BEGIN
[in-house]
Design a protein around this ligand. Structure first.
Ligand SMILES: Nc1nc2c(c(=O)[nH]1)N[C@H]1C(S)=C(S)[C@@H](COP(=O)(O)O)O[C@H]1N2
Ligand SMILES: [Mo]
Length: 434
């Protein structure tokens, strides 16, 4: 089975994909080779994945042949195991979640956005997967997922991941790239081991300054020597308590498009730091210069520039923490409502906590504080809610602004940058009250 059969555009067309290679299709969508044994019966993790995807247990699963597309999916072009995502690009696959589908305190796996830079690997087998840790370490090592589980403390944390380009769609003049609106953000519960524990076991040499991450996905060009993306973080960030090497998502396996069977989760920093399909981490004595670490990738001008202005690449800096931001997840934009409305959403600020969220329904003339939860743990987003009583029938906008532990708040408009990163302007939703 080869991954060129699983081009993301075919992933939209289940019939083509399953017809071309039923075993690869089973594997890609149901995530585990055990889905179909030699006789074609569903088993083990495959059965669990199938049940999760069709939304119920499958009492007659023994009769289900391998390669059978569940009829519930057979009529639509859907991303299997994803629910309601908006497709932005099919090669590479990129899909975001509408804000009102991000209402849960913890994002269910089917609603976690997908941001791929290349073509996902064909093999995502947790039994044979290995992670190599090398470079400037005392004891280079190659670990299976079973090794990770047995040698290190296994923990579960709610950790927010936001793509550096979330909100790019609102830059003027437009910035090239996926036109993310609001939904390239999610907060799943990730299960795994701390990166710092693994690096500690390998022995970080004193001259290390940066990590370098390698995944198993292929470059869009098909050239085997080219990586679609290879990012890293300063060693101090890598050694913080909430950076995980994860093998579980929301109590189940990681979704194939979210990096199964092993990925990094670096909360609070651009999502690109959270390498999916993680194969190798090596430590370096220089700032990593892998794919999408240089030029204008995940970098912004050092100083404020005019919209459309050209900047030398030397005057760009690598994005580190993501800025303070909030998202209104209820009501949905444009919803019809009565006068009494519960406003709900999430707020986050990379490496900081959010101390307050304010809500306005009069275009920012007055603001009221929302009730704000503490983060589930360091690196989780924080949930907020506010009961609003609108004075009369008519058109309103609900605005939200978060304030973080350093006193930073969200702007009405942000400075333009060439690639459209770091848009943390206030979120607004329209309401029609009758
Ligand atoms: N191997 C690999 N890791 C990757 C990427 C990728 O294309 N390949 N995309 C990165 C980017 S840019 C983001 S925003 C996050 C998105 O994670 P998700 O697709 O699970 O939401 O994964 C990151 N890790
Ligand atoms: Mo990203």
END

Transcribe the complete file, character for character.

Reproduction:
[in-house]
Design a protein around this ligand. Structure first.
Ligand SMILES: Nc1nc2c(c(=O)[nH]1)N[C@H]1C(S)=C(S)[C@@H](COP(=O)(O)O)O[C@H]1N2
Ligand SMILES: [Mo]
Length: 434
């Protein structure tokens, strides 16, 4: 089975994909080779994945042949195991979640956005997967997922991941790239081991300054020597308590498009730091210069520039923490409502906590504080809610602004940058009250 059969555009067309290679299709969508044994019966993790995807247990699963597309999916072009995502690009696959589908305190796996830079690997087998840790370490090592589980403390944390380009769609003049609106953000519960524990076991040499991450996905060009993306973080960030090497998502396996069977989760920093399909981490004595670490990738001008202005690449800096931001997840934009409305959403600020969220329904003339939860743990987003009583029938906008532990708040408009990163302007939703 080869991954060129699983081009993301075919992933939209289940019939083509399953017809071309039923075993690869089973594997890609149901995530585990055990889905179909030699006789074609569903088993083990495959059965669990199938049940999760069709939304119920499958009492007659023994009769289900391998390669059978569940009829519930057979009529639509859907991303299997994803629910309601908006497709932005099919090669590479990129899909975001509408804000009102991000209402849960913890994002269910089917609603976690997908941001791929290349073509996902064909093999995502947790039994044979290995992670190599090398470079400037005392004891280079190659670990299976079973090794990770047995040698290190296994923990579960709610950790927010936001793509550096979330909100790019609102830059003027437009910035090239996926036109993310609001939904390239999610907060799943990730299960795994701390990166710092693994690096500690390998022995970080004193001259290390940066990590370098390698995944198993292929470059869009098909050239085997080219990586679609290879990012890293300063060693101090890598050694913080909430950076995980994860093998579980929301109590189940990681979704194939979210990096199964092993990925990094670096909360609070651009999502690109959270390498999916993680194969190798090596430590370096220089700032990593892998794919999408240089030029204008995940970098912004050092100083404020005019919209459309050209900047030398030397005057760009690598994005580190993501800025303070909030998202209104209820009501949905444009919803019809009565006068009494519960406003709900999430707020986050990379490496900081959010101390307050304010809500306005009069275009920012007055603001009221929302009730704000503490983060589930360091690196989780924080949930907020506010009961609003609108004075009369008519058109309103609900605005939200978060304030973080350093006193930073969200702007009405942000400075333009060439690639459209770091848009943390206030979120607004329209309401029609009758
Ligand atoms: N191997 C690999 N890791 C990757 C990427 C990728 O294309 N390949 N995309 C990165 C980017 S840019 C983001 S925003 C996050 C998105 O994670 P998700 O697709 O699970 O939401 O994964 C990151 N890790
Ligand atoms: Mo990203």